[via: http://ablersite.org/2011/03/24/the-public-amateur/ ]
trickster  art  artists  lcproject  openstudioproject  base619  amateurism  amateurs  beginner'smind  learning  workinginpublic  learninginpublic  howwelearn  cv  specialization  generalists  specialists  clairepentecost  publicamateur  enthusiasm  curiosity 
may 2013 by robertogreco
The Designer as Trickster
"New anthropological studies of designer roles add a new perspective to designers’ understanding of their own role. And that is important. In today’s globalised and high-efficiency society, it is more essential than ever for designers to be trickster characters, maintaining their unique approach to the design process. Tricksterism ensures a degree of change and renewal that is crucial to our society, says anthropologist and management researcher Karen Lisa Salomon."
mediators  kernlisasalomon  practice  trinevu  2009  design  trickster 
december 2012 by robertogreco
Signifyin' - Wikipedia
"Signifyin(g) (vernacular) is a practice in African-American culture, involving a verbal strategy of indirection that exploits the gap between the denotative and figurative meanings of words.

According to Black literary scholar Henry Louis Gates Jr., the practice derived from the Trickster archetype found in much African mythology, folklore, and religion: a god, goddess, spirit, man, woman, or anthropomorphic animal who plays tricks or otherwise disobeys normal rules and societal norms. In practice, signifyin' often takes the form of quoting from subcultural vernacular, while extending the meaning at the same time through a rhetorical figure.

The expression itself derives from the numerous tales about the Signifying Monkey, a folk trickster figure said to have originated during slavery in the United States. In most of these narratives, the Monkey manages to dupe the powerful Lion by signifying. Signifyin(g) directs attention to the connotative, context-bound significance of words…"
subculturalvernacular  folklore  mythology  signifyingmonkey  via:charlieloyd  indirection  wordplay  words  africanamerican  language  trickster  henrylouisgates  signifyin' 
november 2012 by robertogreco
American Beuys: "I Like America & America Likes Me"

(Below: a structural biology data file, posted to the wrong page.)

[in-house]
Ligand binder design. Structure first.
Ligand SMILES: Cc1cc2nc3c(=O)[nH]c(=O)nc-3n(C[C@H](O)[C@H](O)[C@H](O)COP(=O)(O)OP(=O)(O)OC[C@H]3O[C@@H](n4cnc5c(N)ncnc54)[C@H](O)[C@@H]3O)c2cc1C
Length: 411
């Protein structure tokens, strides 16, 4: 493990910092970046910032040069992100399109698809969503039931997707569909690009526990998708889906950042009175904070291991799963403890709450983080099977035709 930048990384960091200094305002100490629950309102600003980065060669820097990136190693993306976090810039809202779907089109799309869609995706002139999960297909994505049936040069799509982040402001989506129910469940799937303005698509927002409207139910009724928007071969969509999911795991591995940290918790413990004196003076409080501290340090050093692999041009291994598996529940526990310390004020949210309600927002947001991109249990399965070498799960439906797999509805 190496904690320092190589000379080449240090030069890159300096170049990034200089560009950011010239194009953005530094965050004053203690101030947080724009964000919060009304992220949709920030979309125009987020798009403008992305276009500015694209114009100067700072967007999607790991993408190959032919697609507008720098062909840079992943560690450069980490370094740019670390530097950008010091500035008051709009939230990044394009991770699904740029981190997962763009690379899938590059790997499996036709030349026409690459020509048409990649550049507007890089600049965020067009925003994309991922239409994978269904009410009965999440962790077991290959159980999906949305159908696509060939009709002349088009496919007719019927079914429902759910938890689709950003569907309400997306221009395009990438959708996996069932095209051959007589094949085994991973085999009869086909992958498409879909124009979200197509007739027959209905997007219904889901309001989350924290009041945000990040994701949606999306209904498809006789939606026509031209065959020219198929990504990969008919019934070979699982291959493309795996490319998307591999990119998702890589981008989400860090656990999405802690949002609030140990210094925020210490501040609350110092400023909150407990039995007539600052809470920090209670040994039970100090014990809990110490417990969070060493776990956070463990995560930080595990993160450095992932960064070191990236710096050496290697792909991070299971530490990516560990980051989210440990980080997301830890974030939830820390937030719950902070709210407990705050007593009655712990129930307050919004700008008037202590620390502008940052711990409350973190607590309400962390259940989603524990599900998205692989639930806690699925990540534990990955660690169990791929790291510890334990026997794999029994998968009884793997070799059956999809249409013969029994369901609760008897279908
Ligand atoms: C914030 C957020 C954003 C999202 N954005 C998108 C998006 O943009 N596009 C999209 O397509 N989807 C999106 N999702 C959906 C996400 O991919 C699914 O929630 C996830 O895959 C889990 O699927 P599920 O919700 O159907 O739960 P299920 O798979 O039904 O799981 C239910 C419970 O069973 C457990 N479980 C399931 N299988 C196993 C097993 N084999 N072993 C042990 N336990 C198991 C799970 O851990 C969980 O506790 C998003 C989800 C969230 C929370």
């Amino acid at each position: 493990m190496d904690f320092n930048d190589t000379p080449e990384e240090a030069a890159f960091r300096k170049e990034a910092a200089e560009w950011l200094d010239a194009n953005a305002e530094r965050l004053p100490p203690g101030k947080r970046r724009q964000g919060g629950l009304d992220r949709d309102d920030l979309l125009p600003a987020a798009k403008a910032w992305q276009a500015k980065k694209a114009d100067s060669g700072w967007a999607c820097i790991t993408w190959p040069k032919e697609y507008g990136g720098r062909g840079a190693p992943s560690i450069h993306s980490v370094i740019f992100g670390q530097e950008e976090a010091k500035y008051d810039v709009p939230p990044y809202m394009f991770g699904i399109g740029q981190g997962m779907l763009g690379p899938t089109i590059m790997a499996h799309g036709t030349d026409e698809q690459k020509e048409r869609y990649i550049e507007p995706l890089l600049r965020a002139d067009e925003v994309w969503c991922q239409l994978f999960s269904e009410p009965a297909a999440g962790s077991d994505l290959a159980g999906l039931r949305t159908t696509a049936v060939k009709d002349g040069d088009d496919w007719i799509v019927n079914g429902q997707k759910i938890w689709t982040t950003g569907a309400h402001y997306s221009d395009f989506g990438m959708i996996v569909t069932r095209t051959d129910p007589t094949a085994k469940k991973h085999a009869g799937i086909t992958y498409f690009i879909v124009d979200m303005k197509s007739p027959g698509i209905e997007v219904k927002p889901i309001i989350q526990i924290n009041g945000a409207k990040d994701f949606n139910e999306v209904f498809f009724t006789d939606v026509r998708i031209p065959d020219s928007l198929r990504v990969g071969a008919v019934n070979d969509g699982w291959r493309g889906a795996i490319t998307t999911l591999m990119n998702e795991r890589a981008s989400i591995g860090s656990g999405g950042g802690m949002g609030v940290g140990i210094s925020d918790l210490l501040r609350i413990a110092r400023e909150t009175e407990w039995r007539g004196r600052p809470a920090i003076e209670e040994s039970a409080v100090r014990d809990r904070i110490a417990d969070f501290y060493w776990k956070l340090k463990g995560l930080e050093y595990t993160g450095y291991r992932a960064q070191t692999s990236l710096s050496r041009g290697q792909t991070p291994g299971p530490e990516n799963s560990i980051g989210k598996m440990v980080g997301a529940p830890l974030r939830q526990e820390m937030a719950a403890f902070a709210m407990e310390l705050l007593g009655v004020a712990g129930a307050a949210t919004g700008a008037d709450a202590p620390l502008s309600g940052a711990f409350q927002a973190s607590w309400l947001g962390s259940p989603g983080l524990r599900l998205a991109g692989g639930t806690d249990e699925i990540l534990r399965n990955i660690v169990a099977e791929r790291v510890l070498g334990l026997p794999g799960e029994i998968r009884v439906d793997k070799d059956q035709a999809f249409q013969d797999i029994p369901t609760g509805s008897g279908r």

"During Sacred Time, the time of Creation, Coyote taught humans how to survive, and the incredible survival of the coyote, both mythologically and biologically, continues to be one of the great American mysteries."

"Mythologically and biologically, Coyote is a survivor and exemplar of evolutionary change. This is what attracted Beuys to Coyote."

"Many people feel that the Vietnamese mistake was the first war that the United States didn't win. That isn't true. For forty-five years, Uncle Sam has fought a war against coyotes...and lost!"

"Beuys's intentions in the Coyote action were primarily therapeutic. Using shamanic techniques appropriate to the coyote, his own characteristic tools, and a widely syncretic symbolic language, he engaged the coyote in a dialogue to get to ”the psychological trauma point of the United States' energy constellation”; namely, the schism between native intelligence and European mechanistic, materialistic, and positivistic values."
navajo  transformer  stephenjaygould  jamesgleick  lewisthomas  fritjofcapra  systemsthinking  holisticapproach  holistic  science  adaptation  adaptability  survival  jeannotsimmen  heinerbastian  christianity  semiotics  josémartí  standingbear  nomads  shamanism  anthroposophy  intelligence  evolution  pests  garysnyder  carolinetisdall  johnmoffitt  1974  benjaminbuchloh  susanhowe  davidlevistrauss  1999  ilikeamericaandamericalikesme  history  rudolfsteiner  environmentalism  animalrights  glvo  trickster  shamans  europe  us  art  myth  coyotes  josephbeuys 
november 2012 by robertogreco
Anonymous 101: Introduction to the Lulz | Threat Level | Wired.com
"The trickster isn’t the good guy or the bad guy, it’s the character that exposes contradictions, initiates change and moves the plot forward. One minute, the loving and heroic trickster is saving civilization. A few minutes later the same trickster is cruel, kicking your ass and eating babies as a snack.

The conversation about Anonymous points to this trickster nature, veering between praise and fear, with the media at a loss for even how to describe them…

The point is Anonymous, despite the false shock of contemporary news reporting, isn’t sui generis. It’s not a surprise, and it didn’t spring fully formed from the forehead of Ceiling Cat.

In this place and time, with the exhaustion of political discourse, the overwhelming pressures of modern life, and rise of the internet, the stochastic network organism of Anonymous was inevitable."

[See also: http://www.wired.com/threatlevel/2011/10/quinn-norton-occupy/ ]
lulz  anonymous  quinnnorton  feral  hacktivism  hacking  media  culture  anarchism  4chan  history  ows  occupywallstreet  2011  scientology  trickster 
november 2011 by robertogreco